Are you ready to start training your dog? The sooner you start, the better! It might seem tough and overwhelming at the beginning, but if you go step by step and have patience, it will get much easier with time.
Unless you are planning on keeping your pet outside (which is not really recommended), you should start house training the dog as soon as possible. You can start with deciding on where the dog’s personal space will be, picking out the right sort of crate, and making sure your dog is comfortable but also knows its place. Housebreaking or potty training is a must. It’s really one of the first, if not the first thing you should teach your dog. Keep in mind that dogs rarely defecate or urinate in that place where they sleep, so make sure you don’t forget that your little friend is probably holding it until it’s let out.
Your dog might also suffer from submissive or excitement peeing. Both of these problems can usually be solved. If it’s submissive, it usually means that the dog has a history of punishment after peeing inappropriately. You can solve this by avoiding direct eye contact for some time and petting your dog from the chin-up, instead of on top of the head. Also, if it does commit “the crime”, don’t make a huge deal about it, try to just clean it up and go, and whenever it does pee in the appropriate place, make sure you reward the fella. The solution to excitement peeing is similar, just try not to punish your dog or make a great fuss about it from the start, and take it out on more walks outside.
So, you’ve decided to start taking your new dog out to explore the world. For many reasons, including the dog’s safety and the fact that there are laws for it, you should now introduce your dog to a leash. You want to do this slowly and calmly, as this leash will have to become a big part of the dog’s life. For starters, you shouldn’t let the dog chew on it. Instead, when it tries to, replace the leash in its mouth with a chew toy.
You should never pull on the leash as a means of correcting a dog’s behavior, it will just lead to the poor thing being uncomfortable and scared of it.
The most important thing is to keep a positive attitude while you’re doing the training, your dog will notice it!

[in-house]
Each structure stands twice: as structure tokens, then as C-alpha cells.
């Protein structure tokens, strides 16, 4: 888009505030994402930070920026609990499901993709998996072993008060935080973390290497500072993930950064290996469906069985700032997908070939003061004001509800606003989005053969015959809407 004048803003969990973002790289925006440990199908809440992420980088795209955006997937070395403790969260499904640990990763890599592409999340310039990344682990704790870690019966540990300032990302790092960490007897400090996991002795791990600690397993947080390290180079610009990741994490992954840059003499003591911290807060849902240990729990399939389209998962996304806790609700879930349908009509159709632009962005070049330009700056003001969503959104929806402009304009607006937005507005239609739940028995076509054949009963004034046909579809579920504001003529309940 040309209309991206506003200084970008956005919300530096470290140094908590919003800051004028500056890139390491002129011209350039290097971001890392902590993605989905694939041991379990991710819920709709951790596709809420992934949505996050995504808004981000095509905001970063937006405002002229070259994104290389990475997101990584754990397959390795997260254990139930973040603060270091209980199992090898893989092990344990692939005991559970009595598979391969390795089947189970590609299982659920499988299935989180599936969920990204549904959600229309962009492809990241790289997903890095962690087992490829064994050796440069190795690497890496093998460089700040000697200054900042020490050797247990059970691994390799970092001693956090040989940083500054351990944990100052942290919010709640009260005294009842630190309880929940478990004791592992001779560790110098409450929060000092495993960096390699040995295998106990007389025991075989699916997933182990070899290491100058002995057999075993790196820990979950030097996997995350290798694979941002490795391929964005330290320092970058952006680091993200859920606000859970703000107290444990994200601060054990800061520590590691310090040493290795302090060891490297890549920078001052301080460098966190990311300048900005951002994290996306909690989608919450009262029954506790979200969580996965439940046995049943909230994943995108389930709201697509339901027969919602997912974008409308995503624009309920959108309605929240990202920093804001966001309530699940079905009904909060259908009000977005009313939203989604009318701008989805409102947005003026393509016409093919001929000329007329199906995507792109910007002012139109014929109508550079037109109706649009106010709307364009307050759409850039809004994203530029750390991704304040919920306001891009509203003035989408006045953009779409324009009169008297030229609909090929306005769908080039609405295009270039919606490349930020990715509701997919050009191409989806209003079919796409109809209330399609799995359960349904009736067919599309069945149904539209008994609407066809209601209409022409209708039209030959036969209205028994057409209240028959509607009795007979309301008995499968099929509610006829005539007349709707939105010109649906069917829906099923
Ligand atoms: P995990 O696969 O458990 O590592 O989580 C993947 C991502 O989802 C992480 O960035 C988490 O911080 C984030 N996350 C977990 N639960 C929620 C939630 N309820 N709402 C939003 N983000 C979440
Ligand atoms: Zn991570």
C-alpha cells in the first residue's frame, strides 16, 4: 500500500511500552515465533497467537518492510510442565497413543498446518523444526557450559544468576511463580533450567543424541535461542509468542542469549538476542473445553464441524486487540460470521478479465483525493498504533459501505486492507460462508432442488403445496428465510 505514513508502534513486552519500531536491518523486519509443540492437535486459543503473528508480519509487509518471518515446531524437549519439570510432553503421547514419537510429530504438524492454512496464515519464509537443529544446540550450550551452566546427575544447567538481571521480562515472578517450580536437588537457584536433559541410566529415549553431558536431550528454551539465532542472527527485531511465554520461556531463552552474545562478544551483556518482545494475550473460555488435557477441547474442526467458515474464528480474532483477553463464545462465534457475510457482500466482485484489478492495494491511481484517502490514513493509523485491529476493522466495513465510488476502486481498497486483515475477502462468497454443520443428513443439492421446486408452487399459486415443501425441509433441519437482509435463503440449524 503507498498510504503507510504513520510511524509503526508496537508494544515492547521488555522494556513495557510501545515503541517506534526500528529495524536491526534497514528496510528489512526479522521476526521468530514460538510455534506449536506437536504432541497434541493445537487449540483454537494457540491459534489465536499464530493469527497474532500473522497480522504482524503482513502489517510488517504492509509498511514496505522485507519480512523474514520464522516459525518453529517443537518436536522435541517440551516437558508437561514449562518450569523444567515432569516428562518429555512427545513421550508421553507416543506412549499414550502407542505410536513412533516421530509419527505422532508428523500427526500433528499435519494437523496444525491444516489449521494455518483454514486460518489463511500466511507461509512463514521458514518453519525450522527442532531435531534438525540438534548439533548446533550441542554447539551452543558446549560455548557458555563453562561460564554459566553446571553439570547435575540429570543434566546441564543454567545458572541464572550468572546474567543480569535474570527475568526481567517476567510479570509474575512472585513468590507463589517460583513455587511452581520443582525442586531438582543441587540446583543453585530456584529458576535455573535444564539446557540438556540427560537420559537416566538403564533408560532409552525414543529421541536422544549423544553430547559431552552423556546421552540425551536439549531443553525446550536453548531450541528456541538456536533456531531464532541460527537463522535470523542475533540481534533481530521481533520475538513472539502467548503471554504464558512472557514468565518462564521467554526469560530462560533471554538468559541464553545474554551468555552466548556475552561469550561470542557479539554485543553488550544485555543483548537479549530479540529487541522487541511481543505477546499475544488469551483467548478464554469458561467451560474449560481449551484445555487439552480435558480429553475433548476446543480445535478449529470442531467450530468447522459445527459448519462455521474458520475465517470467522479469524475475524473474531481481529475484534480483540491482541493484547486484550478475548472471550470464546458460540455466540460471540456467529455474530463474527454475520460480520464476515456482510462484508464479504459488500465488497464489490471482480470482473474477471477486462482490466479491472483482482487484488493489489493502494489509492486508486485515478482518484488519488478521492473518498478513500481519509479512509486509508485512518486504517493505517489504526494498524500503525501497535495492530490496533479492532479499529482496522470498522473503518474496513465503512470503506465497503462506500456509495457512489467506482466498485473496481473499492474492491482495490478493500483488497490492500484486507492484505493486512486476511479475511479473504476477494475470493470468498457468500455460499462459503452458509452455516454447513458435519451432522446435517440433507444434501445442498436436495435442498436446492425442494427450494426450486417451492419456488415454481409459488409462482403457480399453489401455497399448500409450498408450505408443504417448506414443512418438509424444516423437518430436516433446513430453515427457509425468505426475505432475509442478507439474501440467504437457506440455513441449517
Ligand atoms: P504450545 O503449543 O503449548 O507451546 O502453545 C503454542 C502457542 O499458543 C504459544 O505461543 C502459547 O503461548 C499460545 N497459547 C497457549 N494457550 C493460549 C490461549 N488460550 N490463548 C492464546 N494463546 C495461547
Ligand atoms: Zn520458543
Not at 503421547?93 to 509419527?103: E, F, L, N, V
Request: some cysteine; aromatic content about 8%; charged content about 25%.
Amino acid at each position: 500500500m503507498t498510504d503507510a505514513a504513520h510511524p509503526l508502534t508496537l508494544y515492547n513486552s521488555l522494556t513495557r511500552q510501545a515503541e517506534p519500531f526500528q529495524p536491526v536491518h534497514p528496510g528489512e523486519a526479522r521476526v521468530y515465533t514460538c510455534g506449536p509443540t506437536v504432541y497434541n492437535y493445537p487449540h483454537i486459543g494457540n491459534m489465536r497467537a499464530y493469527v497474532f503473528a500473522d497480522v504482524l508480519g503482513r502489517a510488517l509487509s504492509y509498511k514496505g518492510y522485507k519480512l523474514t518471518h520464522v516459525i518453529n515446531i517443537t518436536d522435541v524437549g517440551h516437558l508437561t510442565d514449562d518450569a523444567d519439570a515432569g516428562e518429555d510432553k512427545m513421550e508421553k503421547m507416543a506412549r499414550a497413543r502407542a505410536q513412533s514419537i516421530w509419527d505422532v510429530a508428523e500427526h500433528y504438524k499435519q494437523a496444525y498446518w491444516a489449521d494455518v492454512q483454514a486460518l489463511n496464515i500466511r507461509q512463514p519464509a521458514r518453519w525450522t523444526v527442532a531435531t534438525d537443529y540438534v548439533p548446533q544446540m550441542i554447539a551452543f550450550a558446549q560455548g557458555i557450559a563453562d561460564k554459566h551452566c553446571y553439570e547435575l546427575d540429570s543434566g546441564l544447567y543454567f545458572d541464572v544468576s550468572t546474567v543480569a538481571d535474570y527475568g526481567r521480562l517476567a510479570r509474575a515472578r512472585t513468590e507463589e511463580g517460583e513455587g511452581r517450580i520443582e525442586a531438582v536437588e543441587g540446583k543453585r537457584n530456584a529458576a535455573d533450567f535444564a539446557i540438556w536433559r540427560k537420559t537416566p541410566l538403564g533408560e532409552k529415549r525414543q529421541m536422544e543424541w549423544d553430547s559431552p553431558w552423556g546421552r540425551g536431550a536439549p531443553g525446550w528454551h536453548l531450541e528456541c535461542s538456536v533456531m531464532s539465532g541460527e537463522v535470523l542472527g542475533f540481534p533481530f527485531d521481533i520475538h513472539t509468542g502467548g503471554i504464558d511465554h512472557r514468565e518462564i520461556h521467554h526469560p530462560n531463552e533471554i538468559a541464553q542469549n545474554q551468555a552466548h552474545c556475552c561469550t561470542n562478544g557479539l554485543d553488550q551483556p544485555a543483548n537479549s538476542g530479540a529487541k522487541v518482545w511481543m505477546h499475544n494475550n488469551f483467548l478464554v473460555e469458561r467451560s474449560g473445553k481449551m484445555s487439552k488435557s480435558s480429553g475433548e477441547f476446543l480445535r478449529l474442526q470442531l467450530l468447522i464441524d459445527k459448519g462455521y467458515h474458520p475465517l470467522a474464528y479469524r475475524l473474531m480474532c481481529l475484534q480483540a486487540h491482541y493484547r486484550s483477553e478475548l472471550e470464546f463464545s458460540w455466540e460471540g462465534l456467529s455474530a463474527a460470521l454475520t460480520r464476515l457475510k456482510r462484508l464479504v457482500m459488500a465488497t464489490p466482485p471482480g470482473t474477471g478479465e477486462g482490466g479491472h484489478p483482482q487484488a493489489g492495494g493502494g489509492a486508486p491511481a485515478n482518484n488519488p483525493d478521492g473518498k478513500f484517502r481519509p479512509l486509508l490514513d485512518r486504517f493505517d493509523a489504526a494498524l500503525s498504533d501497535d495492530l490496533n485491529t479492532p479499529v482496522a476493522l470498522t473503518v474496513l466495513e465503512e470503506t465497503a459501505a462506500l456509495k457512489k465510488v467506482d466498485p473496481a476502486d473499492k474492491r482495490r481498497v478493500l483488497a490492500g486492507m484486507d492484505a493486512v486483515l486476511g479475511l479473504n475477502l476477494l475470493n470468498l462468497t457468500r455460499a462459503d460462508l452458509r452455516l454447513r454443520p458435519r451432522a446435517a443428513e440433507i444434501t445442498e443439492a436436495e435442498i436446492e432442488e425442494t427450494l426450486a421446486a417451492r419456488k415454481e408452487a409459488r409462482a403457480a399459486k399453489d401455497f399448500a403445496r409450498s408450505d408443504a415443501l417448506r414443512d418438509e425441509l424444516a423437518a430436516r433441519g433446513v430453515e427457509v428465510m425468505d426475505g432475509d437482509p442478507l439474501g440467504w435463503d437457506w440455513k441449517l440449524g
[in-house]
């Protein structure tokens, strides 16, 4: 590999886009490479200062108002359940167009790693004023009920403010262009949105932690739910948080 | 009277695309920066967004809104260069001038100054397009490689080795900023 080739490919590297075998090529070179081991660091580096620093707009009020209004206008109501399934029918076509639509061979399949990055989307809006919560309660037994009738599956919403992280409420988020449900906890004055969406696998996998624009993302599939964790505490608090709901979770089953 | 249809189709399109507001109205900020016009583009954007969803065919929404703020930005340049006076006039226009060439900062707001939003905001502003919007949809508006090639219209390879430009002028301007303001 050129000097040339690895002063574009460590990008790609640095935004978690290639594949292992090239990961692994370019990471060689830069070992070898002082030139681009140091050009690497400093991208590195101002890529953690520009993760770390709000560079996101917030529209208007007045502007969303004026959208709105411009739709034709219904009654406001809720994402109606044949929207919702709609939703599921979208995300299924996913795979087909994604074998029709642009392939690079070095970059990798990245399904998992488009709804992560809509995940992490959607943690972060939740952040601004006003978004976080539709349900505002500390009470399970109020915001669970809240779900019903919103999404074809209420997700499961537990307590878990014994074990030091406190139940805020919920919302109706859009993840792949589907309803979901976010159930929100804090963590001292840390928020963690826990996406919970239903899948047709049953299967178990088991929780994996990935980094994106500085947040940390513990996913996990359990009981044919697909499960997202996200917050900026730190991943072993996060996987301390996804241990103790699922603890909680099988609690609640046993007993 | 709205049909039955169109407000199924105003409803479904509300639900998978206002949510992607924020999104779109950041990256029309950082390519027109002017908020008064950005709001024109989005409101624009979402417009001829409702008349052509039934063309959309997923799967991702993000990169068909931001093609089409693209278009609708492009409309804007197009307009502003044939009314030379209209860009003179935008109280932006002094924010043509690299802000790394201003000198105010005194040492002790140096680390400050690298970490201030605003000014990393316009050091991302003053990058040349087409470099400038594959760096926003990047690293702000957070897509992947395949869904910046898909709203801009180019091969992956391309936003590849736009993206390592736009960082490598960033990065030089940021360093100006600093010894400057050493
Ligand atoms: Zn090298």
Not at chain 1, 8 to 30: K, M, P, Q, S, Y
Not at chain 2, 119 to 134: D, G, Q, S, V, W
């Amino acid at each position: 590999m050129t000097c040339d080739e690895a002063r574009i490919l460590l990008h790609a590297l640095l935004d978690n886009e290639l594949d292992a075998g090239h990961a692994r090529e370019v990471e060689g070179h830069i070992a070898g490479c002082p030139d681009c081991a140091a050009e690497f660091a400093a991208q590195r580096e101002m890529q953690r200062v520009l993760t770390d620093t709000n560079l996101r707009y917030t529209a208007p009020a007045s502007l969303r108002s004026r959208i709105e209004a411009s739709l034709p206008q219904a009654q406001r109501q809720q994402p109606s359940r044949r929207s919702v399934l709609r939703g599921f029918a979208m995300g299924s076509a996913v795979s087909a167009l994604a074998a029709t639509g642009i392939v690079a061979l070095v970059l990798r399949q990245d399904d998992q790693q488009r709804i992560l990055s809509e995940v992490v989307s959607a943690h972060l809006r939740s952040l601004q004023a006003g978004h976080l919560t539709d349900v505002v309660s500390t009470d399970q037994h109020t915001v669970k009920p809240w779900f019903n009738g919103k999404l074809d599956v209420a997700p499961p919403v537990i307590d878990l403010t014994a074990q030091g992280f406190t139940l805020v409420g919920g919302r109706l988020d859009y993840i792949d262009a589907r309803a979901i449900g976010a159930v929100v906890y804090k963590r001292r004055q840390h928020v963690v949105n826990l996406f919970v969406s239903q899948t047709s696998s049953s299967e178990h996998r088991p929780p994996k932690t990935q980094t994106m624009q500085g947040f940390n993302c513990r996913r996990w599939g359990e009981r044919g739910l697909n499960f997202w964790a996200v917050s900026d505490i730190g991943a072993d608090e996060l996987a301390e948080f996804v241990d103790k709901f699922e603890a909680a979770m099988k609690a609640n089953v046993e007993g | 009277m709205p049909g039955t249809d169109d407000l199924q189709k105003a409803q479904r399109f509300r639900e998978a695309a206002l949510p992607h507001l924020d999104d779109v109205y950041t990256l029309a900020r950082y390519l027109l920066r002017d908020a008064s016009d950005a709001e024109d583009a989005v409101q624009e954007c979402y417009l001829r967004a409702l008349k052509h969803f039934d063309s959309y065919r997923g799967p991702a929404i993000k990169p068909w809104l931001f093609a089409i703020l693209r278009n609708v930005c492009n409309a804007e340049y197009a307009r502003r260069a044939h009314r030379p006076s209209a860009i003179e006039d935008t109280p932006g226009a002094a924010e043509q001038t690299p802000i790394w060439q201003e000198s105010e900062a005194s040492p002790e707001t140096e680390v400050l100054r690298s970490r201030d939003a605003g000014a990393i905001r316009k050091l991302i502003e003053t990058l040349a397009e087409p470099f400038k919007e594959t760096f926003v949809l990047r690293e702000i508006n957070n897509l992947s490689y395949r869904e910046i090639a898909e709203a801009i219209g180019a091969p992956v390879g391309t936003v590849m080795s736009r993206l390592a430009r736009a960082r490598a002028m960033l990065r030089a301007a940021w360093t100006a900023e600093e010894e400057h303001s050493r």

Your new pet needs friends, too! Always try to introduce it to new people, animals, and places, it will greatly help in the dogs growing up and having fewer behavioral problems, and will, in general, be more welcomed by everyone. It’s an essential part of dog training!
A dog that doesn’t socialize might develop issues like phobias, while a well-socialized dog or puppy will make for a happier and better-behaved one.
A Couple of Basic Commands
Here’s a list of a couple of commands your dog should learn:
- Look! (Teaches the dog to focus on you or something at your command)
- Come (helpful in many situations, especially if you’re playing outside without a leash)
- With me (making the dog stay close to you without having to pull the leash)
- Leave it (may be of great importance if the dog is about to eat something harmful)
- Sit (behaviorally very important, teaches the dog to be compliant and relaxed at the same time)
- Stay (keeping the dog from going somewhere or doing something potentially dangerous)
Learning these and more commands is crucial for a well-behaved dog, and of course as mentioned, for its safety.
The Dog’s name
Of course, your new friend must be named, and you probably already decided or are pondering on a couple of choices. Just keep in mind that a strong, short name is a good choice, for they can always hear it clearly. Whatever you choose, make sure you always associate it with good times, and not unpleasant experiences, punishment, etc. Hearing their name should always bring a smile to a dog’s face.
End Training Sessions Positively
Whatever the step in the process of training you are in right now, remember to always end the training on a positive side, whether by rewarding the dog with food, its favorite toy, or just a playful patting session. It almost guarantees that they will look forward to the next training!
So, all in all, training your dog is a serious task, and it might seem terrifyingly tough at first, but take your time, and you’ll learn to enjoy it, along with your furry friend. And at the end, you’re doing both yourself and the dog a favor by making them as well-trained and behaved as possible!